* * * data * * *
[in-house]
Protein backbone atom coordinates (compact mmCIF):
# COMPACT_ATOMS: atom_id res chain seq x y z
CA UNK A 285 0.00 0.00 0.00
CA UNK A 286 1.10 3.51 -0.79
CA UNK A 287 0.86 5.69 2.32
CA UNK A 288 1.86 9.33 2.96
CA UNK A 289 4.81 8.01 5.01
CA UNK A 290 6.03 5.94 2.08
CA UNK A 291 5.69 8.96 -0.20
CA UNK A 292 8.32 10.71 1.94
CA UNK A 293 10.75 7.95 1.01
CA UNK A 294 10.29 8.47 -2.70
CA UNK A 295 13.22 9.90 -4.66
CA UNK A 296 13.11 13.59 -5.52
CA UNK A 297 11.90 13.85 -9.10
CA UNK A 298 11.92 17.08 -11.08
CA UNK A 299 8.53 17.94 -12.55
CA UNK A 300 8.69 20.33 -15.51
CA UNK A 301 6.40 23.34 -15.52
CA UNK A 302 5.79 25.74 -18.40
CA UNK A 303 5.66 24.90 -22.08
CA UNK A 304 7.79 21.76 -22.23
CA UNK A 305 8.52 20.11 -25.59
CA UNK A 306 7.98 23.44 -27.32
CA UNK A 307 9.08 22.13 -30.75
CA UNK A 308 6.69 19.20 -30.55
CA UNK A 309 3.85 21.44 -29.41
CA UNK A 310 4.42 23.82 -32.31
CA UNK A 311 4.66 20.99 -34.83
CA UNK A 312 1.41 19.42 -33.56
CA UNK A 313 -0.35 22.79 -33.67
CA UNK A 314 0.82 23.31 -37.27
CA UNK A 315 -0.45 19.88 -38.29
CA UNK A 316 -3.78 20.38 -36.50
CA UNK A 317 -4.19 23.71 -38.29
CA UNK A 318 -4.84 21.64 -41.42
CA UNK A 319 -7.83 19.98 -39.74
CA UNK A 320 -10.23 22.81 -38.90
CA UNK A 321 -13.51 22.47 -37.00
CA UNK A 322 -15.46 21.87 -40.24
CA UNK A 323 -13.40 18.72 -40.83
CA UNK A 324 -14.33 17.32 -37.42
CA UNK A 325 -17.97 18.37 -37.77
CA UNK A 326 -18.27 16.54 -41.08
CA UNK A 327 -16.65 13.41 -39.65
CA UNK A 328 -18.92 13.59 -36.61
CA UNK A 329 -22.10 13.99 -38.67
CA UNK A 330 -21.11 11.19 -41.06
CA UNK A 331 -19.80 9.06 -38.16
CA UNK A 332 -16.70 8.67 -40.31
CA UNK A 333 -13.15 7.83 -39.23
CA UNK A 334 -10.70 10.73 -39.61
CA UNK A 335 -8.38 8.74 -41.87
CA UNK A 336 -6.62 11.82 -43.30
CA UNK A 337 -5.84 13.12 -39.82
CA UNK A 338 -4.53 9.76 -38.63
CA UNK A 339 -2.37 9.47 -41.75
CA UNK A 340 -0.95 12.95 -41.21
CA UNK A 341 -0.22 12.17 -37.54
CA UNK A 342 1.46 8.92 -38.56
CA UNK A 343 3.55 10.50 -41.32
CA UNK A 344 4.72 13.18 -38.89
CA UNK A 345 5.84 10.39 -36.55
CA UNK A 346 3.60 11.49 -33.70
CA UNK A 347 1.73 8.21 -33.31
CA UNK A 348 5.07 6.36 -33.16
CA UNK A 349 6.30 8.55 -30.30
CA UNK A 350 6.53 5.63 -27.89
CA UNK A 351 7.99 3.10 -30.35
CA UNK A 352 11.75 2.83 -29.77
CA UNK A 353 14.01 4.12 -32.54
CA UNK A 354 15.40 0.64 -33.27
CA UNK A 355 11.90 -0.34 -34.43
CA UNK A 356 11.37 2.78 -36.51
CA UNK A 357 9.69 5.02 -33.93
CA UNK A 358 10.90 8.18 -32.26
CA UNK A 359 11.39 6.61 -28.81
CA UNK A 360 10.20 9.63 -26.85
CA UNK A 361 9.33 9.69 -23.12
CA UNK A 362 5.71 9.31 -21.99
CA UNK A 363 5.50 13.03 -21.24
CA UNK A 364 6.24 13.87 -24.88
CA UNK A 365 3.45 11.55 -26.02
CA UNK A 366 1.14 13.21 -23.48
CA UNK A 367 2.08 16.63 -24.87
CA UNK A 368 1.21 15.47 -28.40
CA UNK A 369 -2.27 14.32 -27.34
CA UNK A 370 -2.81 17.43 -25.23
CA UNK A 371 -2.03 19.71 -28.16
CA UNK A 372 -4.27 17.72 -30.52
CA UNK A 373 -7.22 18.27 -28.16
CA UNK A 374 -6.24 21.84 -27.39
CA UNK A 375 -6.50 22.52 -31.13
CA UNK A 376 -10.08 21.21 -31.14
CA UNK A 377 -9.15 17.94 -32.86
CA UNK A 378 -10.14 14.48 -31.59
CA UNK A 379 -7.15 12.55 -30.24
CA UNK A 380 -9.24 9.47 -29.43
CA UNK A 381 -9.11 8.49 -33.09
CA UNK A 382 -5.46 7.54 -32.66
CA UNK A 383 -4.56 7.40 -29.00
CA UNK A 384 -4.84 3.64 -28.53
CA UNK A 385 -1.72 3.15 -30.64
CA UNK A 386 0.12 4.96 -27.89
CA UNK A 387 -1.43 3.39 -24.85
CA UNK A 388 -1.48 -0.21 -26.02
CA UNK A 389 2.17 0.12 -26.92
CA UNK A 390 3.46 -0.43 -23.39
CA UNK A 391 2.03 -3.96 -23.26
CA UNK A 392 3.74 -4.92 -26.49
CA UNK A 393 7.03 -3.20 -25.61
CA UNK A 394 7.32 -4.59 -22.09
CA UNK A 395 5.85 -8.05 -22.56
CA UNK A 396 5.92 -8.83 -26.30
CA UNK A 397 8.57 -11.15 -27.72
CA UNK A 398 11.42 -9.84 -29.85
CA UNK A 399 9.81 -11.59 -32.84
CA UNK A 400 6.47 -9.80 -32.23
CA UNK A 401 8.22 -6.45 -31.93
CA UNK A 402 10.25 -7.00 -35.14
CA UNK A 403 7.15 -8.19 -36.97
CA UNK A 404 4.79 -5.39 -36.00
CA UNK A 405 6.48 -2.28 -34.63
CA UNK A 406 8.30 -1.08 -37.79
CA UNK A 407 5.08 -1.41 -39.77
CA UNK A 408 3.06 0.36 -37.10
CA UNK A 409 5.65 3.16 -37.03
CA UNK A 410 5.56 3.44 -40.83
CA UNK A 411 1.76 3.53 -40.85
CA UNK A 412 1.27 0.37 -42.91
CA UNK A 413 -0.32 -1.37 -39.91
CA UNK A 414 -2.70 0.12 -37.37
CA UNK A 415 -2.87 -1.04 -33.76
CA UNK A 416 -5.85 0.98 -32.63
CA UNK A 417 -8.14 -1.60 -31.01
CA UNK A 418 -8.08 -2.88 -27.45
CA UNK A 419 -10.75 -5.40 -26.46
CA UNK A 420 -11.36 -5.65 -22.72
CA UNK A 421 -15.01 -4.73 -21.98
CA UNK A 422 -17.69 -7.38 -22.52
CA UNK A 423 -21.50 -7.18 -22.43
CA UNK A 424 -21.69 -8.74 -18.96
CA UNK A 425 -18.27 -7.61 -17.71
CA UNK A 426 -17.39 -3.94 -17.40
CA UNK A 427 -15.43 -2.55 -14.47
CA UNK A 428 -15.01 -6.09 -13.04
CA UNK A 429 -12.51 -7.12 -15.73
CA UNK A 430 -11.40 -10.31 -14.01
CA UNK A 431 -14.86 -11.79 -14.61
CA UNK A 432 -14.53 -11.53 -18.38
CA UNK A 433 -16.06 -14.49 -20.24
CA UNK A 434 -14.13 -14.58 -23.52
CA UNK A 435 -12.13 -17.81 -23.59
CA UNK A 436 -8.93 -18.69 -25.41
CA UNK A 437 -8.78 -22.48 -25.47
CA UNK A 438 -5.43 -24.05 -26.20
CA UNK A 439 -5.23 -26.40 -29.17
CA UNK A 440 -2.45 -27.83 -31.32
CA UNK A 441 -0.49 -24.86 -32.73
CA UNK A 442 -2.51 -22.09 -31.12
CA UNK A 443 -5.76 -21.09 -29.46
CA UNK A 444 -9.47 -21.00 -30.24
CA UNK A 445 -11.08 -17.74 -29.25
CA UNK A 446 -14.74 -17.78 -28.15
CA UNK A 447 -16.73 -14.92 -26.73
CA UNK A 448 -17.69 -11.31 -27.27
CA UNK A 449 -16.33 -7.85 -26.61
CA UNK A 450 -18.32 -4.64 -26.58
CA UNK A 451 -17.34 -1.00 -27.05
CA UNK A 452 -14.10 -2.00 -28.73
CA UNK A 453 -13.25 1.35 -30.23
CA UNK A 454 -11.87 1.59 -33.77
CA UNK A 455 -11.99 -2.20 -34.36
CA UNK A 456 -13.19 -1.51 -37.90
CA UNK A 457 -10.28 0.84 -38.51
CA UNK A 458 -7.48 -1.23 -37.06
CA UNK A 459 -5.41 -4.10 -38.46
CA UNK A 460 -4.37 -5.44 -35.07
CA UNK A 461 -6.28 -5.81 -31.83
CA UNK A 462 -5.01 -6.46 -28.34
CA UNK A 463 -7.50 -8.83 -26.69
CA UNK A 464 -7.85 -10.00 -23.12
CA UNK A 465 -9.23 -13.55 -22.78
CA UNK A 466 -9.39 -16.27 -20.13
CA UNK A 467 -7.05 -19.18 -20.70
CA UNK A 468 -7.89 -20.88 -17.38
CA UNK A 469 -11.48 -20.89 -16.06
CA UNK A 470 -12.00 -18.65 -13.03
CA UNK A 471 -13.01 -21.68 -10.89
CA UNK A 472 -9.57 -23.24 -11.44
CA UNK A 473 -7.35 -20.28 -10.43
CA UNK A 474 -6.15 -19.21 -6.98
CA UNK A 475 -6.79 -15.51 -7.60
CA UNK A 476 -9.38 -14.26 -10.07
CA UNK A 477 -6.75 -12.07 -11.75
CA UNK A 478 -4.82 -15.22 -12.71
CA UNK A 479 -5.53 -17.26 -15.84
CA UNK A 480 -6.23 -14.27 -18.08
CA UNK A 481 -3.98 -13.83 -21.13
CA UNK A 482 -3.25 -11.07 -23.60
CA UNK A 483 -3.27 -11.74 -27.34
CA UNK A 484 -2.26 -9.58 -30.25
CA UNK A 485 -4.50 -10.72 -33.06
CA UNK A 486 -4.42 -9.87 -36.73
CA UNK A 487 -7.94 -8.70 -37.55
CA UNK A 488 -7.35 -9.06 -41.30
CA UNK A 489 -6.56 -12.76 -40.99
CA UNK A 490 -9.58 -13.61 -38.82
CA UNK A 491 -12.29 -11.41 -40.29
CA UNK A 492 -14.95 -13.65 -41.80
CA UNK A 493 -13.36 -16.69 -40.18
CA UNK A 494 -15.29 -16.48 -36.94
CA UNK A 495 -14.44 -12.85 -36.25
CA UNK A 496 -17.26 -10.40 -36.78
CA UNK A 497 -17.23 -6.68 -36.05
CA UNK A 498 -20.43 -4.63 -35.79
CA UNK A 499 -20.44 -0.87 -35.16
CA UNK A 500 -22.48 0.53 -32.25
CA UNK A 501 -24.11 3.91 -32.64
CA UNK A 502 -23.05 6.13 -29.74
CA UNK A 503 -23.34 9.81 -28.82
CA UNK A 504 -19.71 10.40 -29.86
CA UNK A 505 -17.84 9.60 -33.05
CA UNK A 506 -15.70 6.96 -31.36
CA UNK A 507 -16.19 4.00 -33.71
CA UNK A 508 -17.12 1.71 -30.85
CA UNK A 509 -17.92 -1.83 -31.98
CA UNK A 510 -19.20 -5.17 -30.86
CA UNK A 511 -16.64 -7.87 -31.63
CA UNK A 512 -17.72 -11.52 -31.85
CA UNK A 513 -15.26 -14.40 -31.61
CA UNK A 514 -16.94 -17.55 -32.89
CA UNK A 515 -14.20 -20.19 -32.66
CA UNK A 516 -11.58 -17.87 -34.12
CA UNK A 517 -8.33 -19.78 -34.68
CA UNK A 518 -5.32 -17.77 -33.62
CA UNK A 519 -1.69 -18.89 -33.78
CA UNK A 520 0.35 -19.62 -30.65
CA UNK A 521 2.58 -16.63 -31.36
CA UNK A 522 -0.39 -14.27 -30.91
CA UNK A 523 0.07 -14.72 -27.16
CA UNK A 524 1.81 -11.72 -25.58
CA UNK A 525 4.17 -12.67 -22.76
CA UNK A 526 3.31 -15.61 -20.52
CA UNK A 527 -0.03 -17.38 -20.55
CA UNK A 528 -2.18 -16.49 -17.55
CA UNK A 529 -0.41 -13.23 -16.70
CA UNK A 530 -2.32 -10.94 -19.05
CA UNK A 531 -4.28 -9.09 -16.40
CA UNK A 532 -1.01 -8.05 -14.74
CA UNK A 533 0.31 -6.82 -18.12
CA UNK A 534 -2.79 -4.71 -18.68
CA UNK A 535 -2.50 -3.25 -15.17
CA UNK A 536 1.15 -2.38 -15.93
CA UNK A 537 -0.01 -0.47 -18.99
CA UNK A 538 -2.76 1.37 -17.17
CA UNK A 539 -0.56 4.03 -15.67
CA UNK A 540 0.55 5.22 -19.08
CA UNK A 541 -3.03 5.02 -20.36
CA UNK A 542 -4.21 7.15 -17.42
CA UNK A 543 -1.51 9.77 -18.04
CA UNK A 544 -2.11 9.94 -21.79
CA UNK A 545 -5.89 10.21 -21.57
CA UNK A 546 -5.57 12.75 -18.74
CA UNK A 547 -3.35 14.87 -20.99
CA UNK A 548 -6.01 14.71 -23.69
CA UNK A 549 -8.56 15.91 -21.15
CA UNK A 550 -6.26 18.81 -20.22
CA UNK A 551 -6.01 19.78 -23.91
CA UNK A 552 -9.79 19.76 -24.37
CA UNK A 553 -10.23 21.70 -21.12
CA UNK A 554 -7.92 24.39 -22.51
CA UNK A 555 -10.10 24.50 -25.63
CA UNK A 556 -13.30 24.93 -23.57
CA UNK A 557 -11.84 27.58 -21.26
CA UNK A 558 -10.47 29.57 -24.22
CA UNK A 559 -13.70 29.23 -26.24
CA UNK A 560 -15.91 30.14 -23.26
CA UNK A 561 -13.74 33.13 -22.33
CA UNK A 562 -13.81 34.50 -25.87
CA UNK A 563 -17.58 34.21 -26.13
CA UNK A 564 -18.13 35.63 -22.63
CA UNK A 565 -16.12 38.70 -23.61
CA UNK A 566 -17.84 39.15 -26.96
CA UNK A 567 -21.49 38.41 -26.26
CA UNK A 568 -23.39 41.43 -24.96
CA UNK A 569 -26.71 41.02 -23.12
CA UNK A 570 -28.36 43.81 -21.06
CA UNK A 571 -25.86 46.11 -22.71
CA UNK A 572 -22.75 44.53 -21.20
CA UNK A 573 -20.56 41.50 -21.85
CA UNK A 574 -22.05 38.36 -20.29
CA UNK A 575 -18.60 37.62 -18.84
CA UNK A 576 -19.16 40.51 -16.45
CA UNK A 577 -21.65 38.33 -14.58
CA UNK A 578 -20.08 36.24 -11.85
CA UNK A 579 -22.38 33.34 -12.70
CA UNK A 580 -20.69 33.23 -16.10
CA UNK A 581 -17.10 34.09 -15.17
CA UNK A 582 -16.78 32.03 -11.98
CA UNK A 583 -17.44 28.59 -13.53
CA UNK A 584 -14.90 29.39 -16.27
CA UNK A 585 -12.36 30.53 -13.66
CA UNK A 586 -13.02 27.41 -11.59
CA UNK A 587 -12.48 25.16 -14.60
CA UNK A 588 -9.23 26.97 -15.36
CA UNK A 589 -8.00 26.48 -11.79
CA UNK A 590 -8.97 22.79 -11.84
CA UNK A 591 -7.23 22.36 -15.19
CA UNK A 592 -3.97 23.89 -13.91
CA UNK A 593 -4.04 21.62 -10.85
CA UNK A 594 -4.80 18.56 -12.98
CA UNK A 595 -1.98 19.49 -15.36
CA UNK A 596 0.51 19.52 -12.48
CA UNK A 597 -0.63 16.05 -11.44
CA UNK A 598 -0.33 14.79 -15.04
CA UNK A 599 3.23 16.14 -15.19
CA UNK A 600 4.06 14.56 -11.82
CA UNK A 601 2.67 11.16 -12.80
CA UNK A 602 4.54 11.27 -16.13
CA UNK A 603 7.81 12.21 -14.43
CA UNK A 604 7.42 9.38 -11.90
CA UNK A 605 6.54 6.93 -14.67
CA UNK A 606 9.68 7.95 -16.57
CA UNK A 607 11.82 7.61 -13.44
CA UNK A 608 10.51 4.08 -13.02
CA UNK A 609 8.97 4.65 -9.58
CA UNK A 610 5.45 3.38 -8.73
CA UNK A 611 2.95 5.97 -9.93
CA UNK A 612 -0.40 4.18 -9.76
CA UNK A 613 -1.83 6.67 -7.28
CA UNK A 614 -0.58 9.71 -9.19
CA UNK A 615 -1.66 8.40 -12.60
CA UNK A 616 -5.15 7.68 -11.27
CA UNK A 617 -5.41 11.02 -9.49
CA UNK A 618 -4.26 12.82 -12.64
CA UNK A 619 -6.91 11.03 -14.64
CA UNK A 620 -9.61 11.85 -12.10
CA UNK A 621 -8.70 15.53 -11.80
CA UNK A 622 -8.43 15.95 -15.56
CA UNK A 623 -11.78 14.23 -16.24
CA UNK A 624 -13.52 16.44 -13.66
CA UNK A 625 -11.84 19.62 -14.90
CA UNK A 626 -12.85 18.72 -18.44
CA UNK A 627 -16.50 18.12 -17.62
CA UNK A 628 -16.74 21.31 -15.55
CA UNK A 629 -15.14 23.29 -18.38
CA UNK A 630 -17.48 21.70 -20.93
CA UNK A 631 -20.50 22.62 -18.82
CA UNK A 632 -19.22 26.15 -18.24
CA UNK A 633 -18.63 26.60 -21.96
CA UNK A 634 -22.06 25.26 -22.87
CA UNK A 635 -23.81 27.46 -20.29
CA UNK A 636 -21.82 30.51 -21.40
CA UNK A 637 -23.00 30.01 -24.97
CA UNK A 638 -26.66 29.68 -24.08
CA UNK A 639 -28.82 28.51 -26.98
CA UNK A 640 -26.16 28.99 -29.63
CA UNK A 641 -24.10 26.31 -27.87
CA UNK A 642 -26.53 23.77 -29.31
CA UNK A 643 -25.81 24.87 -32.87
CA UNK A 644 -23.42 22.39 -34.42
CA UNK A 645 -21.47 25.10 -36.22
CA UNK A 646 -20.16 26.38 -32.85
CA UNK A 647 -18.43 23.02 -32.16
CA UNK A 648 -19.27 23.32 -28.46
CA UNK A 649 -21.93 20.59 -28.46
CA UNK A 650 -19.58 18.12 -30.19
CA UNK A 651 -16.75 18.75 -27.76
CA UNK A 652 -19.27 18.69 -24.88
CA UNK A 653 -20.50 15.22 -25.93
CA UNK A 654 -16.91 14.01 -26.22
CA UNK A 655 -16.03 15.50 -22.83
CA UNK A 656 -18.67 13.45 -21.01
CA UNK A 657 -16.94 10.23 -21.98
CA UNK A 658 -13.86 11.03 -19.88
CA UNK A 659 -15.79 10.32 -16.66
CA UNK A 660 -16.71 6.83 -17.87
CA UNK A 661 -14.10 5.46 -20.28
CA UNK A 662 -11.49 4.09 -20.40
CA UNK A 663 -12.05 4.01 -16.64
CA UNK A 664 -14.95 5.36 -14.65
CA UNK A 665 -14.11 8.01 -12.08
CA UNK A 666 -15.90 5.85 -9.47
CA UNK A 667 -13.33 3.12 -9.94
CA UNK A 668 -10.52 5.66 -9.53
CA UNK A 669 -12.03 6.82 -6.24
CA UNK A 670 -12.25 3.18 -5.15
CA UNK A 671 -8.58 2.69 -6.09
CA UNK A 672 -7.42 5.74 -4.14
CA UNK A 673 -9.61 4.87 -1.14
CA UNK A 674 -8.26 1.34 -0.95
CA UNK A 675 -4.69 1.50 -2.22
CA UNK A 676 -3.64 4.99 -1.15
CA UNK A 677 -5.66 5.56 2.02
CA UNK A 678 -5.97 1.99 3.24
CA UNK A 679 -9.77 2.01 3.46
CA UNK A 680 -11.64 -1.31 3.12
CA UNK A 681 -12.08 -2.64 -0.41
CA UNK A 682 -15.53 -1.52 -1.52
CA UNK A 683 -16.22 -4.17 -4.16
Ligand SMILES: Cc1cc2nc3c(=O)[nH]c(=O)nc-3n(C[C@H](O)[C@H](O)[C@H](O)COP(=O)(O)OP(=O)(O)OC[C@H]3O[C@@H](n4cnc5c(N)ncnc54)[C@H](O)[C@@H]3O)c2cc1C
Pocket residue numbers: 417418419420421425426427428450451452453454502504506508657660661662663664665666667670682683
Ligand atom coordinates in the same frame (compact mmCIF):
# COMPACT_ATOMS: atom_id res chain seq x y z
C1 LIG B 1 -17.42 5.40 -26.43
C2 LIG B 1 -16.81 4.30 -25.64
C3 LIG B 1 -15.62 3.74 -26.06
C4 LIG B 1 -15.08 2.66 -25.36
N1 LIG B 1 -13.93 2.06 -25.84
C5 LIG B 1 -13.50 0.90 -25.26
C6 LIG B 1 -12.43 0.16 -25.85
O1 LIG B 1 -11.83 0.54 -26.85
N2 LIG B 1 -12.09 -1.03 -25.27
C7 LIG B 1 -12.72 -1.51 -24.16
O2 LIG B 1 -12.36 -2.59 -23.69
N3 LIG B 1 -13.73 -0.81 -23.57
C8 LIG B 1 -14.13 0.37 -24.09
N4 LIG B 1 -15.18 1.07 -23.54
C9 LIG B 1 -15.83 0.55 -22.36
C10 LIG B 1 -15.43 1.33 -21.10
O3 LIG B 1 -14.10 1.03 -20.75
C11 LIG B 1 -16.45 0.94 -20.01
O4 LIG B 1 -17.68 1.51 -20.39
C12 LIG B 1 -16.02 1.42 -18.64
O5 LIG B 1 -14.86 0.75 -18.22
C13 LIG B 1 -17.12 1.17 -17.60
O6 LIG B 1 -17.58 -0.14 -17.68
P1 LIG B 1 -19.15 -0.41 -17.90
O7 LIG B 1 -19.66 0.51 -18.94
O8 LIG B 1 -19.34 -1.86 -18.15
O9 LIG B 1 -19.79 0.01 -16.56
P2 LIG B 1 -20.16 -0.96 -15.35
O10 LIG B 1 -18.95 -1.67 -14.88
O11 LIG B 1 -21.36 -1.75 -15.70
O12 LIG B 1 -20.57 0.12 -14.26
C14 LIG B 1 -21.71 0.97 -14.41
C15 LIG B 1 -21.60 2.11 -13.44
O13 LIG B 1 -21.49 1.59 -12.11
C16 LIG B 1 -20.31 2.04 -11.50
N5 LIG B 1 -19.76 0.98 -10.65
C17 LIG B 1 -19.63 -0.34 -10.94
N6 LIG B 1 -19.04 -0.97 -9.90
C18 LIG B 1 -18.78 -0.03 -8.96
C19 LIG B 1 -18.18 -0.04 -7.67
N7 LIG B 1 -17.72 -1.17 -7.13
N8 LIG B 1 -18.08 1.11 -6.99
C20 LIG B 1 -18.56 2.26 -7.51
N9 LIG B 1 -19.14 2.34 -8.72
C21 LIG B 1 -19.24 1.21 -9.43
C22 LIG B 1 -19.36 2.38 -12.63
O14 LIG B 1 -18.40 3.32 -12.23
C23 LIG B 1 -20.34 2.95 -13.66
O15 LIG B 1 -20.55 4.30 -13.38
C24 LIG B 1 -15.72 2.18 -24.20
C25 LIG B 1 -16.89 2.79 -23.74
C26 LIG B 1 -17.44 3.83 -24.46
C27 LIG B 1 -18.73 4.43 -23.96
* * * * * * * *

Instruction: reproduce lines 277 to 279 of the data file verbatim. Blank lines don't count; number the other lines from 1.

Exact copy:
CA UNK A 558 -10.47 29.57 -24.22
CA UNK A 559 -13.70 29.23 -26.24
CA UNK A 560 -15.91 30.14 -23.26